Also: You’ll have no problem getting by with English here. Everyone speaks it.

After our visit to Vienna, it was time to board the train and head to…


Is this the most stunning city in the world? I don’t know, not having visited most of the world. But it might be the most stunning city I’ve ever seen in terms of architecture and views. Every time you turn around, some magnificent building or hillside vista is staring back at you. Prague has long been on my bucket list, and it’s worth the visit just for the views alone.

Again, we stayed in a center-city hotel, the Grand Hotel Bohemia, so we could be close to the action. And action, my friends, there was plenty of.

Prague might or might not be the most beautiful city I’ve ever seen, but it’s definitely on the short list of the busiest and most crowded. I assume much of this has to do with the tourist trade, which is huge in Prague. The streets and businesses were packed full of happy humans spending Czech koruna (no Euros here). 

Prague is another walkable city, and the best way to get around is on your feet. It’s much more of a party town than Vienna, chock full of bars, revelers, bohemians, and whatever they’re calling hipsters these days. There’s a major beer and cannabis culture, affordable hostels, and some fairly cheap eating options, so young people tend to make pilgrimages here from all over. One bar organized nightly pub crawls for whoever wanted to join.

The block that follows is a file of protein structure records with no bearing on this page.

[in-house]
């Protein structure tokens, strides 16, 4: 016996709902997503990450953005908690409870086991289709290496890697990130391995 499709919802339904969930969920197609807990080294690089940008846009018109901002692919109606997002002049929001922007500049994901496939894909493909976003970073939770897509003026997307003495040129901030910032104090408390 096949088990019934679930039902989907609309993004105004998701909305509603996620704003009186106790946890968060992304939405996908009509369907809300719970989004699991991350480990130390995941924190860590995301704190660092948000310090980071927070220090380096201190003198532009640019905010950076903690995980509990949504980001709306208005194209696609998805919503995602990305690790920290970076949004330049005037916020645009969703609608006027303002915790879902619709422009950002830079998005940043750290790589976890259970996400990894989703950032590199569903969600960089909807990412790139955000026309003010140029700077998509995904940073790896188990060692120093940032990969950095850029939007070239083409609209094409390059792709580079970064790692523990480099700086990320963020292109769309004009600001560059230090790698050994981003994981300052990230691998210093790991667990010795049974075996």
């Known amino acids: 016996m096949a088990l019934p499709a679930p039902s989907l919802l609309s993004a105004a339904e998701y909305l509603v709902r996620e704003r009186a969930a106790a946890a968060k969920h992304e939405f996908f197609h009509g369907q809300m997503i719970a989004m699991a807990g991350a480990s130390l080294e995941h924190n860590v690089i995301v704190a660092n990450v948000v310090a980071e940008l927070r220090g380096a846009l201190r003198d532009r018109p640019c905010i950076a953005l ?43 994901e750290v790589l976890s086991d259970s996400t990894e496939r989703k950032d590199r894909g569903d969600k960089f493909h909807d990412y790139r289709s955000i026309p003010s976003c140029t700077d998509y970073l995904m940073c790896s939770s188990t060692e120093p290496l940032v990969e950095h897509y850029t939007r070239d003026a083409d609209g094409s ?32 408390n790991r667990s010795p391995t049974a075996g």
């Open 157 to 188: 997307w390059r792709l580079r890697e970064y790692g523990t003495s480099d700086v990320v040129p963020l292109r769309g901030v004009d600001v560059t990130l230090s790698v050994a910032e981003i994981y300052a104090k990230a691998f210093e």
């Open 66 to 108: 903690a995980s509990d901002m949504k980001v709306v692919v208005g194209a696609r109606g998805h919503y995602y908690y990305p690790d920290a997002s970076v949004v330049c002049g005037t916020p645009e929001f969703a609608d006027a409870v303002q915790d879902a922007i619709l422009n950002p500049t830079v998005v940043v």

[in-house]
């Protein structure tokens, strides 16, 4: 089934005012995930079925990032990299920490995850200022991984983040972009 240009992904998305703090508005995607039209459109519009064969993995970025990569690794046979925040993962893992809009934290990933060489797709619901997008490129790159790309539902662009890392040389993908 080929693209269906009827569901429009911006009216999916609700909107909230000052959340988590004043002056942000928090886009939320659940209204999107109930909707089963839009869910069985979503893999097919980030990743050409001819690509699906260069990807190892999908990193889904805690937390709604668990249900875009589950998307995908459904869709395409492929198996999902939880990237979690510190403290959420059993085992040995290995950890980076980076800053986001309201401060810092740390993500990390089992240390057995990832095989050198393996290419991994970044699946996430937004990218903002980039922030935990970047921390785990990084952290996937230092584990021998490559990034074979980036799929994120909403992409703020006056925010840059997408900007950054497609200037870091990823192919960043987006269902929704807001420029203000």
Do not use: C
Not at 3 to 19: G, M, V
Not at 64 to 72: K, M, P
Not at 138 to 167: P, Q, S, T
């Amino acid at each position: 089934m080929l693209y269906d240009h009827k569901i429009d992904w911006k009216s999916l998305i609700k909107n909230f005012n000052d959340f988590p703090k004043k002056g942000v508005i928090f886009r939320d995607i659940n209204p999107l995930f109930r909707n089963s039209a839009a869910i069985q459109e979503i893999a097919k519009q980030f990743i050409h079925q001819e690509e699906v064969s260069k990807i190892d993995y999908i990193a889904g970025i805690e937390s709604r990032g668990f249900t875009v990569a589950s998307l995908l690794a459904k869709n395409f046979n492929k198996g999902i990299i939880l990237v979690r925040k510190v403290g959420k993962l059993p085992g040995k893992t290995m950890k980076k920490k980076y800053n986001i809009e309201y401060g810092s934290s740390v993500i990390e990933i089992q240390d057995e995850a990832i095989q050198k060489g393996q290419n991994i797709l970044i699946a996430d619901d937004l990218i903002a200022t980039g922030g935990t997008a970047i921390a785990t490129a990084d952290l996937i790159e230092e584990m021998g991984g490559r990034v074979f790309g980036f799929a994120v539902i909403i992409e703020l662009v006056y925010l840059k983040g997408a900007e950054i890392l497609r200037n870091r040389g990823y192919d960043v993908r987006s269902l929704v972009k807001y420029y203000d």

Prague also offers many family options, including a game arcade our daughters whiled away a few hours in. It’s much cheaper than Vienna, with lots of shops where you can find items for half of what you would elsewhere. My wife found a couple of very nice garnet rings that cost way less than they probably should.

One day we hiked it over to the Vltava River, where you can sit in relative quiet for a few minutes, and where the views simply spin your head around. I’m sure people in Europe take these views for granted. They probably do in other cities as well, whether it’s Cape Town, Singapore, Buenos Aires, Kyoto, or some other place that makes those lists of Most Beautiful Cities in the World. But for us folks from the States, where many of the cities look just like the last one and the next one, it’s pretty damn amazing.